Fate of Falkenstein: Setting Notes

Schloss_Falkenstein_Planung_Gemälde_Historismus_LudwigMore on hacking Fate Core (Evil Hat Productions) to play Castle Falkenstein (R. Talsorian Games). Actually, this has little to do with conversion of game mechanics, and mostly to do with the published setting.

Overall, I really enjoyed the setting and the fiction, particularly in the main rule book and in the companion book, Comme Il Faut. The system was a good idea but not well executed mechanically  and mathematically speaking, so after a few tries I started looking for patches, hacks, and conversion; I think the oldest conversion notes I have (1995) were for Theatrix, a system I have often described as a precursor of Fate.

These difficulties with the system were amplified with every supplement published; like many (most?) systems of its day, it was not robust enough to survive the splatbook “Newer, Bigger, Better!” treadmill effect. I still own, in addition to the two key books, The Book of Sigil, Steam Age, a PDF copy of the GURPS supplement Ottoman Empire, and I think I may have The Lost Notebooks of Leonardo da Vinci somewhere in a box. (I pasted the complete list of supplements at the end of this post for reference, in order of publication.)

But the setting, the setting idea, was so much fun! Continue reading “Fate of Falkenstein: Setting Notes”

Fate of Falkenstein: Weapons

Illustration from Castle Falkenstein by William C. EakenMore on hacking Fate Core (Evil Hat Productions) to play Castle Falkenstein (R. Talsorian Games) (see the last three posts for more). I’m musing about how to translate weapons and harm.

How It Worked Before

In the original Castle Falkenstein book, weapons did a certain number of damage points which were automatically dealt on a success. There were three ranks of success:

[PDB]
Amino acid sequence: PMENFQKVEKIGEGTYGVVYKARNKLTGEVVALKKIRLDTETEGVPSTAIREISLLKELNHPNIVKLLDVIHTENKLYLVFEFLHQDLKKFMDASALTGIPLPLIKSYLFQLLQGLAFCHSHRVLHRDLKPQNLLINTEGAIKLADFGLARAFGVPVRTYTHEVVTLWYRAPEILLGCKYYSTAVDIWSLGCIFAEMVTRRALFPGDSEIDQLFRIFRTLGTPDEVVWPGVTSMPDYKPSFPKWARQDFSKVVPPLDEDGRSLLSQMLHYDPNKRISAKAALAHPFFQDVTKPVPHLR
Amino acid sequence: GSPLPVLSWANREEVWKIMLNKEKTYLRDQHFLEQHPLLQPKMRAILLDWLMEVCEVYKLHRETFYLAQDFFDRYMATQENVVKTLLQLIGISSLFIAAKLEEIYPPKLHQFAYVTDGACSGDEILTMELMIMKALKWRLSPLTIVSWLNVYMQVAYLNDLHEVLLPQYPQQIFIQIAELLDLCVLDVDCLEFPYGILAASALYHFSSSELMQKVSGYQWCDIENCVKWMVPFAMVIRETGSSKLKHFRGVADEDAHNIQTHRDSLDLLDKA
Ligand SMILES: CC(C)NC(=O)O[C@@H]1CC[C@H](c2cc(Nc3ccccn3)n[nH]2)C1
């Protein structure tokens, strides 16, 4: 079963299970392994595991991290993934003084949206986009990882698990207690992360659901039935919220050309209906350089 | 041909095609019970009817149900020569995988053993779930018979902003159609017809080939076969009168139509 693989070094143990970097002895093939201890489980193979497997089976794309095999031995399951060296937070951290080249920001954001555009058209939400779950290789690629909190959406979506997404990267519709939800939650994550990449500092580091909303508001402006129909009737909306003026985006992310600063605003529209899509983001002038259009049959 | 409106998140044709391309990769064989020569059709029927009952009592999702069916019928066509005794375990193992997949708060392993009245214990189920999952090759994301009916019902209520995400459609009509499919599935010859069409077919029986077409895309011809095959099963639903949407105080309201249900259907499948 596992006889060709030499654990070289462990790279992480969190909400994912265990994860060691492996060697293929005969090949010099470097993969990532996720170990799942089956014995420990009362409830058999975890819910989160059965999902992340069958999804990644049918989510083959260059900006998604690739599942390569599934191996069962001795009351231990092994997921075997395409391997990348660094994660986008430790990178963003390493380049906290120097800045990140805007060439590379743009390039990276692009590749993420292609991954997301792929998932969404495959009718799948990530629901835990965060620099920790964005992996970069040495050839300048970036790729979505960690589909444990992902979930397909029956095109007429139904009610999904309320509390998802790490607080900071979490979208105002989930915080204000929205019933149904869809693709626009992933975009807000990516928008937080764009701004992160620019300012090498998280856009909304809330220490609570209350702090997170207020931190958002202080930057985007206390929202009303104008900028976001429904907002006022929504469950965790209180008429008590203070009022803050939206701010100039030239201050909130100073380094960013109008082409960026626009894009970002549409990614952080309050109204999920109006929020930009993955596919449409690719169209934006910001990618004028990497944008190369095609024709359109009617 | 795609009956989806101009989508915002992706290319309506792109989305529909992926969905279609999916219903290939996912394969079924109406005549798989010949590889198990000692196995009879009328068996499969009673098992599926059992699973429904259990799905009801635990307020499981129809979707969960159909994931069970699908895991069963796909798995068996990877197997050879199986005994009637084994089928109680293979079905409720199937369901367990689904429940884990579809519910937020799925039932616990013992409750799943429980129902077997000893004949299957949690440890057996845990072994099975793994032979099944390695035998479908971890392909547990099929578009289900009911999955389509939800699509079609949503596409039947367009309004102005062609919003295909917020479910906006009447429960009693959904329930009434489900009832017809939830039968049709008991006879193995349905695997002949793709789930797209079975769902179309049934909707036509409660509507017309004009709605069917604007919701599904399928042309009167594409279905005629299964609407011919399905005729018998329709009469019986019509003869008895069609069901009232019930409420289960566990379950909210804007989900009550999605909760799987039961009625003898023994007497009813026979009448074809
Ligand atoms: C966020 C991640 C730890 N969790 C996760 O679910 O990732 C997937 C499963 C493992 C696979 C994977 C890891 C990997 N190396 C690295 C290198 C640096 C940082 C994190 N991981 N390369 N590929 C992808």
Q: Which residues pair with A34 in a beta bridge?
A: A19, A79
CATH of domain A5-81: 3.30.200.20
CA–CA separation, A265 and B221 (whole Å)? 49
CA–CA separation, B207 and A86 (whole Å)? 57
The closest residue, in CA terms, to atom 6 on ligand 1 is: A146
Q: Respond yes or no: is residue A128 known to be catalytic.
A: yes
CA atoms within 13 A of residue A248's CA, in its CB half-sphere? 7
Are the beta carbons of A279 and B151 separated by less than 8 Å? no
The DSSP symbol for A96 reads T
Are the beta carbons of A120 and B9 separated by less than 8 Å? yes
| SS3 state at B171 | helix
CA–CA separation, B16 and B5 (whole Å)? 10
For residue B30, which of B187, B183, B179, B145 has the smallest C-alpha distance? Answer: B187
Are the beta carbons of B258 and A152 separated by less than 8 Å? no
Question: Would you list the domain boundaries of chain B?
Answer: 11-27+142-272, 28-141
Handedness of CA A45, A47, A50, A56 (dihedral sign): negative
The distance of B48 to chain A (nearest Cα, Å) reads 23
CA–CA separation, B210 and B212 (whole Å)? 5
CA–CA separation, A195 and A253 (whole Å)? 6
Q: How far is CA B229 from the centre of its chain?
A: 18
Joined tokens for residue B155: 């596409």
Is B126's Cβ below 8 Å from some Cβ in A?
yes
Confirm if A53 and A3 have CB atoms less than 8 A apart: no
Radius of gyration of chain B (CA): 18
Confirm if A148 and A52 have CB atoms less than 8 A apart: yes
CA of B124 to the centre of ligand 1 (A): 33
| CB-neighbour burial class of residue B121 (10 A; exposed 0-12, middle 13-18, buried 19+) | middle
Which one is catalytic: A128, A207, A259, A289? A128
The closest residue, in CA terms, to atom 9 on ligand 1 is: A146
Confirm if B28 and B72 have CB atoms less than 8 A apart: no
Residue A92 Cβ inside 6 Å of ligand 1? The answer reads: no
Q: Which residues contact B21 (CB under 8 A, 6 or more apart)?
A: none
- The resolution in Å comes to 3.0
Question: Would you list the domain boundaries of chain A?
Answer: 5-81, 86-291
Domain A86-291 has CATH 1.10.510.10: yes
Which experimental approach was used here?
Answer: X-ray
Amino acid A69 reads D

• Partial success, when the attack action result was equal to or greater than the defense action result;
  • Full success, when the attack result was equal to or greater than half again the defense result; and
  • High success, when the attack result was equal to or greater than twice the defense result.

Armour was described as rarely used, providing at most one point of protection and restricting movement.

Then in the excellent supplement Comme Il Faut (essentially the player’s guide to Castle Falkenstein), an alternate harm system was offered. Different types of attacks were assigned a harm rank, which was cross-referenced with the ability rank, range, or feat difficulty and, optionally, the hit location, to determine the narrative result (wounded, incapacitated, etc.)

A new option provided light, medium and heavy armour ratings which would stop all hits up to a certain harm rank (B, C, and D respectively), but for anyone but dragons or people inside vehicles, armour remained pretty much non-existent for most player characters.

The charm of this approach, however, is that it provided a us with a table that neatly groups weapons according to a ladder and compares to the damage value from the original system, thereby providing possibilities for use in Fate:

Harm Rank Typical Attacks Partial Full High
A Small hatpins, needles, darts, stumbles, most animal bites, blows, clubs, life preservers. 1 2 3
B Daggers, large hatpins, knives, bayonets, arrows, falls>10 ft, large bites, EXC/EXT blows, trampled. 2 3 4